Facebook has learned lesson on privacy controls, says EU policy director

Facebook has achieved a good balance between granular and general controls around data privacy, says Richard Allan, the social networking firm's EU director...

Facebook has achieved a good balance between granular and general controls around data privacy, says Richard Allan, the social networking firm's EU director of policy.

"Everyone [in the social networking industry] is trying to get to the magic point where users have full and easy control over their data," he told the Westminster Media Forum seminar in London.

Facebook has not always got it right concerning privacy controls, he said, but the company believes that after feedback from users, it has now "broadly" got the balance right between granular and more general controls.

According to Allan, Facebook is working to tackle the issues of complexity of privacy controls and the ability of users to delete self-created content and have visibility of the information being stored by the social networking service.

"We are putting layers on top of the complex privacy agreement to provide a simpler, pictorial guide on privacy," he said.

In an effort to improve the underlying privacy agreement, Facebook has opened the latest version up to the public for comment.

"The industry as a whole is trying to educate users about privacy, make privacy tools easier to use and understand, while at the same time meeting legal obligations," said Allan.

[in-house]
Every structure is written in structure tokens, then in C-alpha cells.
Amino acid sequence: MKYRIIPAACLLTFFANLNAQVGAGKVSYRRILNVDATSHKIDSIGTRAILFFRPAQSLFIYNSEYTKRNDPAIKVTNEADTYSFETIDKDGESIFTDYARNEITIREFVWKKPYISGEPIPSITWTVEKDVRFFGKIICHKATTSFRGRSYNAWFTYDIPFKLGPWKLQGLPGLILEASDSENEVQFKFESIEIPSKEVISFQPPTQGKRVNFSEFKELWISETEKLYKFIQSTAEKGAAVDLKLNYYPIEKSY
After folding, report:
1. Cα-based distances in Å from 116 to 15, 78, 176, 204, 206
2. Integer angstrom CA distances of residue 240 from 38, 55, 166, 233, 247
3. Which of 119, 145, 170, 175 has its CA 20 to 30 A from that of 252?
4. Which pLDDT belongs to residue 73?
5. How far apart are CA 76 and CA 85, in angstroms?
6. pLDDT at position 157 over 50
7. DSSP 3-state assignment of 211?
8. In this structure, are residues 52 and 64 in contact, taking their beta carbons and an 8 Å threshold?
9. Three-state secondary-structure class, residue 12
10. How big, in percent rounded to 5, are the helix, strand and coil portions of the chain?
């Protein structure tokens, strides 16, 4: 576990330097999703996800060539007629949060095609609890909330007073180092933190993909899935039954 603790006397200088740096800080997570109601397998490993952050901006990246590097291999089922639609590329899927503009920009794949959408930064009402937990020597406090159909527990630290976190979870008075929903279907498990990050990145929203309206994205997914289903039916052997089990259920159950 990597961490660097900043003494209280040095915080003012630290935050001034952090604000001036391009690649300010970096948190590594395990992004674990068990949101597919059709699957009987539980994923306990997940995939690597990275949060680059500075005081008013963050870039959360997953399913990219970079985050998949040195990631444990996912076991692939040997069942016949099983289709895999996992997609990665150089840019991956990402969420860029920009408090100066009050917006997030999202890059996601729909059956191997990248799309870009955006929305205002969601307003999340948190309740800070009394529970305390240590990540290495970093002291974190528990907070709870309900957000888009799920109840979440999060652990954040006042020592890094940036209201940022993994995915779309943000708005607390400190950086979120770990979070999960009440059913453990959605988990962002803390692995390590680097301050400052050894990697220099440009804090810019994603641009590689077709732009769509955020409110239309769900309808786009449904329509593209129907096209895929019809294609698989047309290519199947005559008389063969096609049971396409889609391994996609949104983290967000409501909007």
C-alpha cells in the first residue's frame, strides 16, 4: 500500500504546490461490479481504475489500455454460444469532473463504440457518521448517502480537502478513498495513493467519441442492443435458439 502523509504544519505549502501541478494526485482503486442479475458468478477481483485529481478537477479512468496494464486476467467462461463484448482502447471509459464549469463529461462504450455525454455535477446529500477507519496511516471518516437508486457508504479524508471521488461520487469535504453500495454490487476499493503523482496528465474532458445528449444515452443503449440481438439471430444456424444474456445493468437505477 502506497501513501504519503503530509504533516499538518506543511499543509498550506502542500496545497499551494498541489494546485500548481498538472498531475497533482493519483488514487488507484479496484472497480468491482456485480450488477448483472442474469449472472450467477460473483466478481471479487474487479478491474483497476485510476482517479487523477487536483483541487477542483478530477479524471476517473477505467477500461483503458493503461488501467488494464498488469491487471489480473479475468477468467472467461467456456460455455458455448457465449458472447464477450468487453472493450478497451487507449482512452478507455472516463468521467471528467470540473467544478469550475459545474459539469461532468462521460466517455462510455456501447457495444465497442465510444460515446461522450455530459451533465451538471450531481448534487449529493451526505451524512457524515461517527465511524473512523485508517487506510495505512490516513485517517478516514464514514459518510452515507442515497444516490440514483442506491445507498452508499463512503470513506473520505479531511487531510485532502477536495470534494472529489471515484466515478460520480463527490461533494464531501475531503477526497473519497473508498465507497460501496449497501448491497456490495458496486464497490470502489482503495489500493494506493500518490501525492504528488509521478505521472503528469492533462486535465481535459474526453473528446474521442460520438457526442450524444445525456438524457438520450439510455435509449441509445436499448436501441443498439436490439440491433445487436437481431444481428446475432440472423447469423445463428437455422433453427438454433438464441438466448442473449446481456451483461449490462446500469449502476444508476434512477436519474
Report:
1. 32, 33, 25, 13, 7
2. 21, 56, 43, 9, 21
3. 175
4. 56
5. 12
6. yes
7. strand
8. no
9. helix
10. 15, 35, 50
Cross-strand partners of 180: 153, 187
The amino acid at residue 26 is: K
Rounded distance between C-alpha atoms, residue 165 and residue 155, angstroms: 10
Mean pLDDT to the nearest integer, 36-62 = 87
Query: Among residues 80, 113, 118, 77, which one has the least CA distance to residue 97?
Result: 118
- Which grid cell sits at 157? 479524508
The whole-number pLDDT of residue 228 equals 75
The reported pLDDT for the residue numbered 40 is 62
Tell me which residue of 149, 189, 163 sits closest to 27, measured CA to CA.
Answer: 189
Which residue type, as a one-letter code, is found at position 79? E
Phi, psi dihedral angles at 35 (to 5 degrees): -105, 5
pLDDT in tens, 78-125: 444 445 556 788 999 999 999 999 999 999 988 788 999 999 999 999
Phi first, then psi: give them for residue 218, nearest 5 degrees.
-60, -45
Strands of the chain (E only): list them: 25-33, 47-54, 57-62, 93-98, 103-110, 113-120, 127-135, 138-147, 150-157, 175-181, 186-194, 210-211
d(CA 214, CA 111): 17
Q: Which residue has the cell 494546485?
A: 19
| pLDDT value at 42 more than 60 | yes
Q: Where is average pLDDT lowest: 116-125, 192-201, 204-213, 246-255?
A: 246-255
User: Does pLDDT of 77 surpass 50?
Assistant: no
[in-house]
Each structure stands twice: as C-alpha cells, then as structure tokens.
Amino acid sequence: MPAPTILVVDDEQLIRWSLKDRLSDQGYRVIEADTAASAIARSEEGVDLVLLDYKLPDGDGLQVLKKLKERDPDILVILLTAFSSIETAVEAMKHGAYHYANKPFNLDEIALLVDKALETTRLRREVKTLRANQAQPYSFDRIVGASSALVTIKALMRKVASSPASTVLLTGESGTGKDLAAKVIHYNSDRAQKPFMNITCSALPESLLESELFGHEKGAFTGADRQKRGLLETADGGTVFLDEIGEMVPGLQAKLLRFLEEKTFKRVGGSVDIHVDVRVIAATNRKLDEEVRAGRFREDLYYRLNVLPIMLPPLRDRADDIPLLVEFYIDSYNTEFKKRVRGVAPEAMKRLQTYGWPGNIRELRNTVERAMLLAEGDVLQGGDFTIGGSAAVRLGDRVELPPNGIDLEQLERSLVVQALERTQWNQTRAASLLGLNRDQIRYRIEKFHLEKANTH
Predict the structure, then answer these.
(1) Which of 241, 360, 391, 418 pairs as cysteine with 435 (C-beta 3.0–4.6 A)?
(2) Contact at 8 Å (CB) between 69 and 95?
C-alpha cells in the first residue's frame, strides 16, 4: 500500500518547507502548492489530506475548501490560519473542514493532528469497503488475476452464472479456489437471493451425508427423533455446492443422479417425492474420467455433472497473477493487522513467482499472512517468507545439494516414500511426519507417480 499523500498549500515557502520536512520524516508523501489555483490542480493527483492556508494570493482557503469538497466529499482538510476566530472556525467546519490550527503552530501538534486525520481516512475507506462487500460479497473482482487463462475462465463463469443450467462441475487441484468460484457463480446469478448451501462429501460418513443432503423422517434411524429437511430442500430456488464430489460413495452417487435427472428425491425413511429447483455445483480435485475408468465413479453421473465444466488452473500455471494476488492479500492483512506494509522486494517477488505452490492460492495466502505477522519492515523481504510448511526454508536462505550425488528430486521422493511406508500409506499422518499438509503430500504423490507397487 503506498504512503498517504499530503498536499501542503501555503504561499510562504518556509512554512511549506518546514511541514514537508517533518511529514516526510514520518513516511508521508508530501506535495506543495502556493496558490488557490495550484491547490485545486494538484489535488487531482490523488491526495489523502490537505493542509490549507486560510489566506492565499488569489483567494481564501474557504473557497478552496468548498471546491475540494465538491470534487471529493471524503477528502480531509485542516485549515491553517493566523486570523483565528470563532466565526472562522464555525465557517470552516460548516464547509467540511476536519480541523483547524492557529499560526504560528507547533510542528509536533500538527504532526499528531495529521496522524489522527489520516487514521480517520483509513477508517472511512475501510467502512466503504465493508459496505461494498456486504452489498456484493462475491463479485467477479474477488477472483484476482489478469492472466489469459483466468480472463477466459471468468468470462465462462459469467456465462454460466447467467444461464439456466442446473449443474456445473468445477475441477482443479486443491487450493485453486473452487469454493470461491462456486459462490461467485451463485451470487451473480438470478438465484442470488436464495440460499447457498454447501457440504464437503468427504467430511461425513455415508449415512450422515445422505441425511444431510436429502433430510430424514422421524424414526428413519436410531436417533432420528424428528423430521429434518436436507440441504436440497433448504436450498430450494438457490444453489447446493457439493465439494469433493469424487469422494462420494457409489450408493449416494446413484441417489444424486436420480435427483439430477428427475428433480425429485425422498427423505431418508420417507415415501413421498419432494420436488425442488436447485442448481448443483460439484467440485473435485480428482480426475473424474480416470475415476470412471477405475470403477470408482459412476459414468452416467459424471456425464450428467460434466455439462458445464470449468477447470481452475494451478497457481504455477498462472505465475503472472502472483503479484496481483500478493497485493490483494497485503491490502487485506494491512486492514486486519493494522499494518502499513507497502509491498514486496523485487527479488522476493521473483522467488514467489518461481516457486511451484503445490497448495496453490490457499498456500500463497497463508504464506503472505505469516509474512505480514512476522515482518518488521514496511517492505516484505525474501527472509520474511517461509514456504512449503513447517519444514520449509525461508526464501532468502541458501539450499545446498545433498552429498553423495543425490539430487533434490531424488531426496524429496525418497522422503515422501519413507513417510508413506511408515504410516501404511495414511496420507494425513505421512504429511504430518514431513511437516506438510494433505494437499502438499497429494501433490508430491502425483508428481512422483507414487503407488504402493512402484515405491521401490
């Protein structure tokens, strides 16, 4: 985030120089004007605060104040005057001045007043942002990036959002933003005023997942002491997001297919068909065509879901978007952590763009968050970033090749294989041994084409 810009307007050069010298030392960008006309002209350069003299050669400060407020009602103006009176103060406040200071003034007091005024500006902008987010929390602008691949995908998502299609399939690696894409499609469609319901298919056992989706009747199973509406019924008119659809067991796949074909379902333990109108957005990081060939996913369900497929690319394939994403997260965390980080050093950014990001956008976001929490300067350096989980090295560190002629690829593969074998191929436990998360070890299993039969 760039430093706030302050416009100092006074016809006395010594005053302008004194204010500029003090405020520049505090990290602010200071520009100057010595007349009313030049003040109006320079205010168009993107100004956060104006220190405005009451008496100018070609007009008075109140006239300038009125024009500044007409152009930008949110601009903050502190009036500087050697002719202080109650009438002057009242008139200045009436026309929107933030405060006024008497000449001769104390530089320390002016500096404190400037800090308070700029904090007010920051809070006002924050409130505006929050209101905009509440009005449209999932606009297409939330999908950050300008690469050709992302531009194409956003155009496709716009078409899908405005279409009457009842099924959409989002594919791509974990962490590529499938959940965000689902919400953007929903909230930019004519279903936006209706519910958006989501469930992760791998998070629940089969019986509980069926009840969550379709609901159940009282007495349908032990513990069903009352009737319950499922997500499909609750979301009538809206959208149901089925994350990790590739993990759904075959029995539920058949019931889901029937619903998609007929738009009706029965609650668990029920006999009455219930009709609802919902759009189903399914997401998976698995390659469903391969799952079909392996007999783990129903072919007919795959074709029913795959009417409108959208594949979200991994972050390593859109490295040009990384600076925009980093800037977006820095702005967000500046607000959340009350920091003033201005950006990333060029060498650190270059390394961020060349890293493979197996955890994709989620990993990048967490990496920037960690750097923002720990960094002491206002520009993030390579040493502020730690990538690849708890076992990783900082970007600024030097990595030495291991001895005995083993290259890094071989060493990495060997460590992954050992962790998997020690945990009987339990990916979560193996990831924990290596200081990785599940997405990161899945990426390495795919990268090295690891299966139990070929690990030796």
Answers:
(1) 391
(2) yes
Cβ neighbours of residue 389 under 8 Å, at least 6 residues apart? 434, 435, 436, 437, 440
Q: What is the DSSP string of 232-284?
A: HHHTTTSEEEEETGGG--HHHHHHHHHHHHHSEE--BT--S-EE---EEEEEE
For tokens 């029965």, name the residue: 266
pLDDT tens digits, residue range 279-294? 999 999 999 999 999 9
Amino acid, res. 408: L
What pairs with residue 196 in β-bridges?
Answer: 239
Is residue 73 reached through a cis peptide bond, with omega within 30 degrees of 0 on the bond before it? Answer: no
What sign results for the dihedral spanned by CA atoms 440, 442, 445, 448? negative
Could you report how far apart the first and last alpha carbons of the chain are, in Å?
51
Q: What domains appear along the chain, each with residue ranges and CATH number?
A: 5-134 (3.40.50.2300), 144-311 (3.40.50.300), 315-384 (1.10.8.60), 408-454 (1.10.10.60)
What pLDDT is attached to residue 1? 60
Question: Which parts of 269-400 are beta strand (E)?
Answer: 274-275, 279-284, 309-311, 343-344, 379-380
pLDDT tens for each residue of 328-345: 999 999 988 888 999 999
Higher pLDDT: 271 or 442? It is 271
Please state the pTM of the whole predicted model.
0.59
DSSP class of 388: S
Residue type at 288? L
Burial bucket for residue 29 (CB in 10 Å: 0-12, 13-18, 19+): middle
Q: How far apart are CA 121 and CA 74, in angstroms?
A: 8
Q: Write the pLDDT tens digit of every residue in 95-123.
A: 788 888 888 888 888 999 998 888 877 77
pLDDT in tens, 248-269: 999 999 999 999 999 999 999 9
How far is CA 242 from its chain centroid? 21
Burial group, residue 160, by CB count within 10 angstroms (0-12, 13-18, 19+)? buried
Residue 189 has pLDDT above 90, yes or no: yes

Despite the popular conception that content cannot be deleted from social networking sites, he said, Facebook provides the tools to do just that.

"However, users must understand that while Facebook can enable members to delete content from the site, it has no control over other sites that may have picked up that content and published it elsewhere," said Allan.

Facebook has provided the necessary tools for members to have control over potentially embarrassing content, but the bigger concern among members, he said, is that their content will always be available to them.

While Facebook will continue to strive to provide whatever controls members want, Allan said exceptional cases can never be allowed to disrupt the mainstream use case of social networking sites, which is to make connections and share content.

"Most of the time we are able to resolve concerns around privacy with the tools we already have in place," he said.

The best way forward, said Allan, is to make sure users of social networking sites have a clear understanding of what the deal is when they make various choices such who is allowed access to their content and if that content can be indexed by Google.

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